If I do IVF, Will My Child Be Healthy?


Today, one of my patients inquired about a recent news report she had read about birth defects being seen at a higher rate with IVF. This is a question all parents are rightfully concerned about. What do we know about children conceived through IVF and their future health risks? In the past 30 years, it is estimated that nearly 4 million children have been born as a result of IVF treatment. In most countries, national registries collect data on all IVF cycles and make it possible to look at outcomes of pregnancies conceived through IVF.

What we know of health outcomes of children conceived through IVF

It is generally accepted that the risk of having a baby with a major birth defect occurs in 3-4% of all pregnancies. Minor birth defects may be seen in another 1-2%. Most of the birth defects seen are not preventable. The most common birth defects seen include chromosomal abnormalities, cardiac (heart) limb and nervous system (brain and spine) defects.

Pre-pregnancy screening and treatment of any medical condition that may have an adverse affect on pregnancy is critical. For example, we know that a diabetic in poor control may have a 2-3-fold increase in the risk of having a baby with a birth defect. Lifestyle factors such as smoking, alcohol consumption and exposure to environmental toxins may increase the risk of birth defects and congenital syndromes.

Obesity has also been linked to a higher risk of birth defects. Maternal age, and to a much lesser extent paternal age, will increase the risks of a child having a chromosomal abnormality. Using supplemental Folic acid (400-800 mcg/d) will reduce the risk of a neural tube defect (Brain and Spine) by as much as 50-70%.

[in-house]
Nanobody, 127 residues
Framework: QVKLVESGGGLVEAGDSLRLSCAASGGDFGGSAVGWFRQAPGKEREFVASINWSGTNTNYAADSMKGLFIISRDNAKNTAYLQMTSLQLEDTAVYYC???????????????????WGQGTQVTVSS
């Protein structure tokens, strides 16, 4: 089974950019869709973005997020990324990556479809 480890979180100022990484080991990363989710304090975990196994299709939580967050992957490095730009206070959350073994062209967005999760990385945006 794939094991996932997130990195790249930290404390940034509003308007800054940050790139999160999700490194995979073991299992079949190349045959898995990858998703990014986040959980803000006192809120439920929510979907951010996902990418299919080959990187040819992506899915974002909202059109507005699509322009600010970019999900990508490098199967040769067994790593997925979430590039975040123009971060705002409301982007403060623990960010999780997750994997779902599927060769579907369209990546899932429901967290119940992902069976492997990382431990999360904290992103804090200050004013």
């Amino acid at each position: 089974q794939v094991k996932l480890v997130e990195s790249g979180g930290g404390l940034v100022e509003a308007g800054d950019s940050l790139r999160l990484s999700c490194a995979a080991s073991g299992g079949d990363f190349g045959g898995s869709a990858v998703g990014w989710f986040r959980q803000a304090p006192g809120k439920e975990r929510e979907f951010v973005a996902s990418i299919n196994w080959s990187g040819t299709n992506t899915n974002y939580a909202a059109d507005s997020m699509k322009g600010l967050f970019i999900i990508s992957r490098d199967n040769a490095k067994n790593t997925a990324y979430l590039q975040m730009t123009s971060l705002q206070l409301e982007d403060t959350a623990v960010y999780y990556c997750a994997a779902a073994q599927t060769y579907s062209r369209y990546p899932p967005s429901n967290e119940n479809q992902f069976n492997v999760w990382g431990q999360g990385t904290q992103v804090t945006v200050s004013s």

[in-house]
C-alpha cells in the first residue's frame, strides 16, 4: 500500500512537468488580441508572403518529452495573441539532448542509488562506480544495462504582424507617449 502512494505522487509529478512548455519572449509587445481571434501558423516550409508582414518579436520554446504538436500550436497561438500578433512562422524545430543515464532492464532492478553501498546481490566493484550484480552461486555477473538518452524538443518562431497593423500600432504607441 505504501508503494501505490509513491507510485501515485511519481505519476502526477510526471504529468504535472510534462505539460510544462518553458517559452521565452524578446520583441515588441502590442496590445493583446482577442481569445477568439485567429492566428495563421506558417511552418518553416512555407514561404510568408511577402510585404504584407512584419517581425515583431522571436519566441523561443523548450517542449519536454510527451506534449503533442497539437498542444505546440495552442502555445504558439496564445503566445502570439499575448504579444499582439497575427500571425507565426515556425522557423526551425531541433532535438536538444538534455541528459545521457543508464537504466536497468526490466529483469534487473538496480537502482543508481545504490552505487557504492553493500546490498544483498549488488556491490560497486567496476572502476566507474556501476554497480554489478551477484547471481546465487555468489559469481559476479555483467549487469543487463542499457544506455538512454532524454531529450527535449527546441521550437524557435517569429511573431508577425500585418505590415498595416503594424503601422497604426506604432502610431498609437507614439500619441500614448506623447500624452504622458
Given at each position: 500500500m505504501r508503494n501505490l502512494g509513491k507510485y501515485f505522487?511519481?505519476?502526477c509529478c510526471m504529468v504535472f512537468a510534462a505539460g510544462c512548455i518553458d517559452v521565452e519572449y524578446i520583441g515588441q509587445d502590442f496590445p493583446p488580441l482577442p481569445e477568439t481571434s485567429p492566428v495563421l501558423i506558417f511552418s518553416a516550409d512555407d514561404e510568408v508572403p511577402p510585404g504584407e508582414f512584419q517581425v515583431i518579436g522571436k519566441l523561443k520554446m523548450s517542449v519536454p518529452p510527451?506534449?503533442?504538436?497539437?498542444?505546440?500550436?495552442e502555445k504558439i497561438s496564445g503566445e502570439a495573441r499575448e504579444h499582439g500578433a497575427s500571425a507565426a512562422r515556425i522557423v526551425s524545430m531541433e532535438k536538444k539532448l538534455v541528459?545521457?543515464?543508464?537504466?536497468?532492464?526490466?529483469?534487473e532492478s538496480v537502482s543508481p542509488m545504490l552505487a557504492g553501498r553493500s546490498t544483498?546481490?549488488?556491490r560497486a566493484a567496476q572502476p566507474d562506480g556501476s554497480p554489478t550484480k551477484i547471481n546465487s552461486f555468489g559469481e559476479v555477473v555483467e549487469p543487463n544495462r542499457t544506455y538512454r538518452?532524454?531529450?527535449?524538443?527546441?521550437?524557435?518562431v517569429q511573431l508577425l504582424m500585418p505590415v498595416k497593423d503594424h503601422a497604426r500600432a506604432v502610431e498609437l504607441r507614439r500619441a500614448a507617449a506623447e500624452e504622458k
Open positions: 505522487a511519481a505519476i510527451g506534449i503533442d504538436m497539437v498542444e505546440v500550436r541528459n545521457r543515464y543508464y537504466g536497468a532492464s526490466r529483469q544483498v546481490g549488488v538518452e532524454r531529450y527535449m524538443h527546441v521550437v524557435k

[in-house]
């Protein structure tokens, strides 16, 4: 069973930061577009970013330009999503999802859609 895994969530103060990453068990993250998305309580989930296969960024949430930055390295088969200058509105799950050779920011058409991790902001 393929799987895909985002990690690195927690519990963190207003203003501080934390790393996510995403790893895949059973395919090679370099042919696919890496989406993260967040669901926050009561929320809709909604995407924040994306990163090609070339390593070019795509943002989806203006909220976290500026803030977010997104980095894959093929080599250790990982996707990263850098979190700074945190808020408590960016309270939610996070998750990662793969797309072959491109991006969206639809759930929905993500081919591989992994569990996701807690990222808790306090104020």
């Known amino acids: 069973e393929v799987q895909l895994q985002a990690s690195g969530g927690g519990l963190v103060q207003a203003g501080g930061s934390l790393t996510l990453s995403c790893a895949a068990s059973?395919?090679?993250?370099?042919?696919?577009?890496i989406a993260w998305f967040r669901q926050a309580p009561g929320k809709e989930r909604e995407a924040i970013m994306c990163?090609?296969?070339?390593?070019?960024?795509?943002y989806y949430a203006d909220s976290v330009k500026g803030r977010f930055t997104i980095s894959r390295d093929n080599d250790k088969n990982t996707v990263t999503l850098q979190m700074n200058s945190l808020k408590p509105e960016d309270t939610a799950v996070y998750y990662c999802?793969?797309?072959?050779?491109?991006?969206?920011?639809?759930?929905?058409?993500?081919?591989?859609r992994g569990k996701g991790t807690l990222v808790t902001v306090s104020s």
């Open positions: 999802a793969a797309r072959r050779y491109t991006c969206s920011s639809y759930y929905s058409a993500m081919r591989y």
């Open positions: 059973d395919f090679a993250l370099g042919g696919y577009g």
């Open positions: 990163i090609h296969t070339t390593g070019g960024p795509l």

In reviewing the available information, it does appear that pregnancies conceived through IVF might have a higher incidence of birth defects. A number of well-done studies have seen either no increase in birth defects or a slight increase in birth defects with IVF (including ICSI).

However, in many of the studies, this increase appears to be seen only when comparing the fertile population to women who have a history of infertility. Infertile women, whether they become pregnant naturally or through treatment, including IVF, have a higher risk of having a baby with a birth defect.

Pregnancies conceived through IVF have historically had an increased risk for multiple pregnancy. In any multiple pregnancy, conceived naturally or with Fertility treatment, there is a greater risk of birth defects, preterm (early) labor and delivery, low birth weight. With the increasing acceptance of transferring fewer embryos and the use of single embryo transfer, the risks of multiple pregnancy can be significantly reduced.

In a recent publication from Sweden, the risks of twins dropped from 30 % to 6% with the policy of transferring 1, but not more than 2 embryos. As the rate of multiple pregnancies has declined, so has the risk for preterm labor and delivery. By reducing the risk of multiple pregnancy, we see fewer complication to the mother during the pregnancy such as high blood pressure, gestational diabetes, anemia and C-Section.

For the children, reduction in preterm delivery reduces the chance of complications that may include low birth weight, cerebral palsy, chronic breathing problems and long-tern vision issues.

A number of long-term follow-up studies have now been done following the health and development of children born through IVF. The available data is very reassuring. There does not appear to be any significant difference in the health and development of IVF children as compared to the general population conceived naturally.

I believe the available information we have should allow us to feel good about the health of IVF babies. Reducing the incidence of multiple pregnancies and entering pregnancy in the best possible health will help to reduce the risks of birth defects or future developmental issues. Make sure to discuss your concerns with your doctor.